Unlike most Americans, I despise a visit to Wal-Mart. I’ve shopped at the store less than five times in my lifetime and that was only when necessary. Such as, it’s the only store in town or after much research for a unique product I discovered it’s only available at Wal-Mart. Take marzipan for example, only at Wal-Mart in my neck of the woods or the dinosaur card deck I needed for the education department at the Natural History museum. I remember each time I had to shop at the megastore. In certain parts of the Carolinas it’s the only store within hours. Recently, with the urging of my mom, I embarked upon a journey into Wal-Mart along the Treasure Coast of Florida. She needed shorts and a few other things and I needed socks since my dog stole and hid all of mine. My little Snorkie has a sock fetish. It was a bonding opportunity between mother and daughter I convinced myself, otherwise I would have stayed in the car.
We grabbed a cart and meandered through the isles. I followed as she leisurely lead the way. After quickly grabbing some socks she rummaged around the clothing section. I continued perusing bags of athletic socks looking for some made in the USA. Fruit-of-the-Loom black socks, made in the USA. Fruit-of-the-Loom white socks, made in China and Mexico. I kept looking and found two bags of basic white socks made in the USA. I snagged both and gloated back to my mother with our cart. I picked up her sack of socks and replaced them with the ones I discovered.
“I found some made in the US, would you like to buy those instead,” I asked, not giving her a choice.
“Sure,” she smiled.
After finding some acceptable mother shorts for her Florida visit I deliberately herded her towards the check-out counter. Otherwise, we would have been there all day. For the most part I shop with an agenda, quickly in-and-out with intended items in hand. On the other hand, my mom is a browser. She likes to roam every aisle looking for deals and cute things she’ll never use. Wal-Mart is designed for this type of shopper. “But it’s so cheap. I need it for something.” Like what flashes through my mind. Do you really need lighted slippers or a Shake Weight? The “As seen on TV,” commercial is funny, but really.
I made it through Wal-Mart with a fairly decent experience, unlike past stressful visits to the superstore. Back at our rental home my mom informed me that she needed to return a pair of shorts that didn’t fit. Wal-Mart twice in one year was not going to happen in my world.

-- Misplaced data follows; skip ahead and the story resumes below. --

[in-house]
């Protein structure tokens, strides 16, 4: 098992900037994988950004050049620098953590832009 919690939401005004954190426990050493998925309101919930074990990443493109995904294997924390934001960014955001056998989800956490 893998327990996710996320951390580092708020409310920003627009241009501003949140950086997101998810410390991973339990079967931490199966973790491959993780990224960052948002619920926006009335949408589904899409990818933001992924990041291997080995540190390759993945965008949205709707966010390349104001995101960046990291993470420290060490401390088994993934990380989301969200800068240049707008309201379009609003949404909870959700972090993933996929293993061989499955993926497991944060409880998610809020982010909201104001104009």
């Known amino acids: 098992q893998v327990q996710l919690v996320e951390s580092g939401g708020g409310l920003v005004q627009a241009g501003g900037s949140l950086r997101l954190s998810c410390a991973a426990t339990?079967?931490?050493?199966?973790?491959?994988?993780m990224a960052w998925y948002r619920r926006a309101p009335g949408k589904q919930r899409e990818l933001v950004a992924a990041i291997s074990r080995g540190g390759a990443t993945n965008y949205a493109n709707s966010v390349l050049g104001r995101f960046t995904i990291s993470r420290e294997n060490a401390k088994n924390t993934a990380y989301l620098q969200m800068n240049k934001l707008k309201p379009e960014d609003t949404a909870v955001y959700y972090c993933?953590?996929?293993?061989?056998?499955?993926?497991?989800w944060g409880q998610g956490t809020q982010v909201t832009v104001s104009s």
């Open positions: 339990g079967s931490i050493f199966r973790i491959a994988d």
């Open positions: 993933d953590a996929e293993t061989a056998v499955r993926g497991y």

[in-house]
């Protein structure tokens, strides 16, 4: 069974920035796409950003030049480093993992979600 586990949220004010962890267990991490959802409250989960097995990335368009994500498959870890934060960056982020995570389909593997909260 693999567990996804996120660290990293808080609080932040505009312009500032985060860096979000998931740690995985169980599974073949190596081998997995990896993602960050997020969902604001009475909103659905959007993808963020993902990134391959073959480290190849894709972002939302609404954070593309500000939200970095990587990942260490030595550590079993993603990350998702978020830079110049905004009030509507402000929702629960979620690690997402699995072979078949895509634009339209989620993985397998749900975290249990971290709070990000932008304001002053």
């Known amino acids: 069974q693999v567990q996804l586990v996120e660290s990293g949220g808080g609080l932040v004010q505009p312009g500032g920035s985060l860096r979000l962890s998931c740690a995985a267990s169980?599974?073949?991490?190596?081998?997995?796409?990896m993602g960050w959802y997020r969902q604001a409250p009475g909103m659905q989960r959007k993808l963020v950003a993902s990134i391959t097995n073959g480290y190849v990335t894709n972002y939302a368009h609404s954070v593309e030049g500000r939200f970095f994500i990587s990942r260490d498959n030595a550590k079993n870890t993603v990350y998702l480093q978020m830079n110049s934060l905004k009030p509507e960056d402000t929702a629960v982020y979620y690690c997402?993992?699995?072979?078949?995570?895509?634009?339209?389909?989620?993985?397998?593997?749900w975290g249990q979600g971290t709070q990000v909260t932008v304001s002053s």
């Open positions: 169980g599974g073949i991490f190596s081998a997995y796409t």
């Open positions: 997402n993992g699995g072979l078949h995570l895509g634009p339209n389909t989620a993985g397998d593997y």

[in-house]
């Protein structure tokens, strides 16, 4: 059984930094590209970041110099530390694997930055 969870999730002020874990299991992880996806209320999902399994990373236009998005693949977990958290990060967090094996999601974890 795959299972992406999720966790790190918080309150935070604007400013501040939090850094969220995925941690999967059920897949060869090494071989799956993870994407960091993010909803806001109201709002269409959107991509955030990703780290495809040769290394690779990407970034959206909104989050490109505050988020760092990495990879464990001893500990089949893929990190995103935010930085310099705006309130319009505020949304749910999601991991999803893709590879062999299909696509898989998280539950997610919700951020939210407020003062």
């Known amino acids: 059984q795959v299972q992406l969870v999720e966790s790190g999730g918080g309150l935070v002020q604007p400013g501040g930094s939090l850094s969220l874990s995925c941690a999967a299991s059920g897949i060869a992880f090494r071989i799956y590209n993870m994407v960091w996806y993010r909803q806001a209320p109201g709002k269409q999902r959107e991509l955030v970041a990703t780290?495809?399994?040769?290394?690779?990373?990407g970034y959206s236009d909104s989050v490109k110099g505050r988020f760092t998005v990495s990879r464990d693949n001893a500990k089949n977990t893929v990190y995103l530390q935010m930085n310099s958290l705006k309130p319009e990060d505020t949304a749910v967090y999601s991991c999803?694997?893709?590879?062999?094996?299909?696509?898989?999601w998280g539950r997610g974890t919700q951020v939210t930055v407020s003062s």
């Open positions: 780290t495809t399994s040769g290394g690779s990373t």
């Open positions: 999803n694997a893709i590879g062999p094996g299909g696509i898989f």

The next day I drove her back, parked and waited in the car. Not such a good decision on my part since I relinquished my herding capacity. “Oh, you’re not coming in? I feel guilty making you wait in the car. I’ll be quick. Call me on my cell if you need anything.”
I nodded my head and failed to tell her that I forgot my phone. Since I was phoneless, I killed time people-watching. Who knew the parking lot of Wal-Mart could be so entertaining? Two scruffy men in a beat-up white Toyota truck advertising Tree Cutting Services parked in front of me. Lunch at Wal-Mart, classy. The passenger took a swing from a gallon size orange jug leading me to believe something stronger than water occupied his personal container. I wouldn’t want this crew cutting my trees. They were in and out of the store in no time as my attention shifted to a nice cream color vintage MG convertible. The older gentleman strolled in and returned to his car with a solitary bag. On my left side three cars came and went all with just a single bag. One disheveled middle-aged cracked-up couple driving a Jag came out with just a case of water. Who goes into a megastore for a single item or two, especially when every store imaginable is within a few miles? Are these people Wal-Martaholics? Is this a daily ritual for them?
Forty-five agitated minutes later and a few false sightings of my mother she returned with a few bags in hand. I grunted and smiled and vowed to never become a Wal-Martaholic.